omega-3

Tips to fight off Post-natal Depression

For most women, having a baby is the most significant life changing event they will ever experience. It is usually a happy time, however with all the changes that new mums have to adjust to in combination with a hurricane of hormonal fluctuations and less sleep than studying for a medical exam, it is common to experience changes in your emotions and mood. When emotional distress is persistent and disabling it can reach the level of clinical depression otherwise known as post-natal depression, PND. Unfortunately PND is not a rarity; studies estimate that approximately 10-15% of all new mothers will be affected in some way. In fact, in the year after childbirth a woman is more likely to need psychological help than at any other time in her life. PND is a serious condition not only affecting the new mum, but it can also be debilitating to close relationships and can even affect the level of mother-infant interaction. There is good news though… studies suggest that women who have sufficient long chain Omega-3 fatty acid intake during and after pregnancy reduce their risk of developing PND.

What are Omega-3’s and what role do they play in PND?

Omega-3 fatty acids are a type of ‘good’ polyunsaturated fat and are found in three different forms; eicosapentaenoic acid (EPA), docosahexaenoic acid (DHA) and α-linolenic acid (ALA). Our body cannot make Omega-3 fats by itself therefore we need to consume them from our diet. Omega-3s, in particular DHA, are important for the development of the brain, eyes and central nervous system of your growing baby. Omega-3s are passed during pregnancy to your baby via your placenta as well as through breast milk once your bub is born. The amount of Omega-3 passed onto your baby is dependent on your dietary intake therefore it is essential for you to ensure you are having adequate Omega-3 intake, particularly during pregnancy and breast-feeding. Regretfully, many Australian women don’t have enough Omega-3 in their diet and so their own stores are drawn upon, leaving you depleted which may increase the risk of PND. Although there is still debate as to its mechanisms, it is believed that Omega-3 fatty acids assist in carrying mood chemicals such as serotonin in the brain. International guidelines recommend that pregnant women consume at least 200mg of DHA each day.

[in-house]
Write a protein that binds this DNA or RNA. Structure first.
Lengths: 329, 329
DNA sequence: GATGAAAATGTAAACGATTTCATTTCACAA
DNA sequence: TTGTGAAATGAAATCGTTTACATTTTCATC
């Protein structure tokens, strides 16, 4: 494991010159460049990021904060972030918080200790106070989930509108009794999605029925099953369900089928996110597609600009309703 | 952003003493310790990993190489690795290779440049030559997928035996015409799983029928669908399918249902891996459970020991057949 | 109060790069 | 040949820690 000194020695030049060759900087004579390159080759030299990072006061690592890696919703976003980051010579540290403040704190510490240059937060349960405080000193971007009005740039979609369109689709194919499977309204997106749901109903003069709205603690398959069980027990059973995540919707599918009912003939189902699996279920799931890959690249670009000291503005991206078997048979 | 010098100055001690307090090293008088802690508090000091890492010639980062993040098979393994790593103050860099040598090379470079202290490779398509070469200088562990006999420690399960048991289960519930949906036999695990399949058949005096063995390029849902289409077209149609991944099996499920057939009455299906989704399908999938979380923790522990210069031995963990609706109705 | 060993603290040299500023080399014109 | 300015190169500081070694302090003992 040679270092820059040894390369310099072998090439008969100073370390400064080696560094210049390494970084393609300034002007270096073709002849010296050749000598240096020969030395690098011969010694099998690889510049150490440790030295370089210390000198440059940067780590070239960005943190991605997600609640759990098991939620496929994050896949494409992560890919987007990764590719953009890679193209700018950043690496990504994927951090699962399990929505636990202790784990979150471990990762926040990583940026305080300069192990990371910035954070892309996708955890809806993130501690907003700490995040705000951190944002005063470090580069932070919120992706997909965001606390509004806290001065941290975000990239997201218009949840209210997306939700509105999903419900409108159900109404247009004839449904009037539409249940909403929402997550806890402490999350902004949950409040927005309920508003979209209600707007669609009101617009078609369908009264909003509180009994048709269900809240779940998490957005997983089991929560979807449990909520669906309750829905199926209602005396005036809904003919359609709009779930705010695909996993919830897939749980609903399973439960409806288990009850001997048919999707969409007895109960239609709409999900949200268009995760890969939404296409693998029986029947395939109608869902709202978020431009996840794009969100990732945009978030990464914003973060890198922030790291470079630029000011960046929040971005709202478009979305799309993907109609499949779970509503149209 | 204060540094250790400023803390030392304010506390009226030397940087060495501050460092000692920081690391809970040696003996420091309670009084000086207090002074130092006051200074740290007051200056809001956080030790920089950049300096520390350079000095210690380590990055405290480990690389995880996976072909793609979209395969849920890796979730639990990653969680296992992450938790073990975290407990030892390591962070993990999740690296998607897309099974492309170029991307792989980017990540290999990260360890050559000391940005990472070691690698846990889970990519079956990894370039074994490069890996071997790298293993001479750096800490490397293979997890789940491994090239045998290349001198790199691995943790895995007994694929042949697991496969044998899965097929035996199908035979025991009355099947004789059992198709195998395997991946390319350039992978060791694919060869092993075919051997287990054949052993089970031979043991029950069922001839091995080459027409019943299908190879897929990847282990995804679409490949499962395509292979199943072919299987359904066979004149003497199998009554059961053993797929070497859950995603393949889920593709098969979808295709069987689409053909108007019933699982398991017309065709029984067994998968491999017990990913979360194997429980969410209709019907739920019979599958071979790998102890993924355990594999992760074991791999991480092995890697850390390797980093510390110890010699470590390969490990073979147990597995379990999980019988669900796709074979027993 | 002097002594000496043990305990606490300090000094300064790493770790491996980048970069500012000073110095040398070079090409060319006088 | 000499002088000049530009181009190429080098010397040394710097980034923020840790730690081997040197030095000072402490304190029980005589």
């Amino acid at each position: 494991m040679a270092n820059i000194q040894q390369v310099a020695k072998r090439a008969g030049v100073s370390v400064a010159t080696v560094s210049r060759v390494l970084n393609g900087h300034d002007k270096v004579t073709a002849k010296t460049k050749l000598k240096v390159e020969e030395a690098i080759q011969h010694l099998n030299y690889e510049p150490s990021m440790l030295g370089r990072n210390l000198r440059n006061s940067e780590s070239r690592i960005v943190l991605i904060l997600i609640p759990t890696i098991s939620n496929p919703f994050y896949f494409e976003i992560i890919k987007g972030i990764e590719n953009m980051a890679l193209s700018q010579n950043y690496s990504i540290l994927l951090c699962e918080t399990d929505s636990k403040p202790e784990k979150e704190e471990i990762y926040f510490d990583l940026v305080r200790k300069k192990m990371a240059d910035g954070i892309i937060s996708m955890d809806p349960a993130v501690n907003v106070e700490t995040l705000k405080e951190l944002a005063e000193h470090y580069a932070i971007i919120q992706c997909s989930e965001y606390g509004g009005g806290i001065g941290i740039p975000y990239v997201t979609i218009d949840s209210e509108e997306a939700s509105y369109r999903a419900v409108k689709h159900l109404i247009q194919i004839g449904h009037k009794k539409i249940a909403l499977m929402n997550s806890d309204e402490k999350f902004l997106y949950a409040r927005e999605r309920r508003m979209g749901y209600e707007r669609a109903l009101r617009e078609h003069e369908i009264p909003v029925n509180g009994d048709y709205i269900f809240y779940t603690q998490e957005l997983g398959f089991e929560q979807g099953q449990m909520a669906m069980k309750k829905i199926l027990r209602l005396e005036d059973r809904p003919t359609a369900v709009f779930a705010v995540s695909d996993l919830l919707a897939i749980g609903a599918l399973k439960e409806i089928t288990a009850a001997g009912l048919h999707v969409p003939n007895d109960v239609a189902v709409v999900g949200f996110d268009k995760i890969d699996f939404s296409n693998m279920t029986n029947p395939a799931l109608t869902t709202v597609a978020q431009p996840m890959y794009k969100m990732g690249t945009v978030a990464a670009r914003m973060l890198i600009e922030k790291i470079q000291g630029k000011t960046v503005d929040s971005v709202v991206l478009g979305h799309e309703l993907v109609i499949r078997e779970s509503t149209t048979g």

PND is serious, but don’t give up! It’s encouraging to know that there are really simple strategies that you can incorporate in your daily diet to minimise your risk of developing PND.


Don’t be scared to eat fish

Eating fish whilst pregnant can generate fear in many women because of the threat of listeria or mercury poisoning. The truth is that fish should be on the top of your shopping list! Marine animals are the main source of Omega-3 fatty acids in the diet with oily fish having the richest Omega- 3 content.
A serve of salmon, sardines or trout provides over 1000mg DHA while white fish including Snapper, tuna or Barramundi, and other seafood provide approximately 600mg of DHA per serve. Just be sure to limit your intake of predatory fish and flake (shark) and to cook your fish well and there is no reason to shy away from seafood!

Recommended intake: aim for 2-3 150g serves of low mercury fish per week

Have more eggs

Even though eggs provide less Omega-3 than marine or meat based products, they are still a good source of Omega-3. A standard 60g egg provides approximately 40mg DHA. Some companies are now fortifying their eggs to boost their Omega-3 content. Always check the label of fortified products to confirm Omega-3 quantities, but as a general guide an enriched 60g egg may provide 70mg DHA. Incorporate them into sandwiches or stir-fries or serve them as the hero of the dish either boiled or scrambled or the humble omelette.

Recommended intake
: Aim for 6 60g Omega 3 enriched eggs per week


Try some flaxseed oil


Plant based Omega-3 fatty acids come in the form of ALA from foods such as flaxseed, chia seeds, walnuts, soybeans and canola oil. Our body must convert ALA into EPA and DHA but this conversion rate is slow and inefficient (less than 10% when compared to what is obtained from fish). Of all the plant based sources, flaxseeds are the best source as they contain ~50-60% ALA. Although whole flaxseeds are poorly digested and can only provide ~ 3g ALA, 1 tbsp flaxseed oil can provide up to 10g of ALA, which equates to approximately 400mg DHA. Flaxseed oil is too delicate to cook with so a handy tip is to use it as a salad dressing.

Recommended intake: Aim for 1 tablespoon flaxseed oil per day
Increasing your Omega-3 intake can be as easy as adding more fish, eggs and/or flaxseed into your diet. If you or someone you love has post-natal depression it is important to also seek professional help from your health care providers.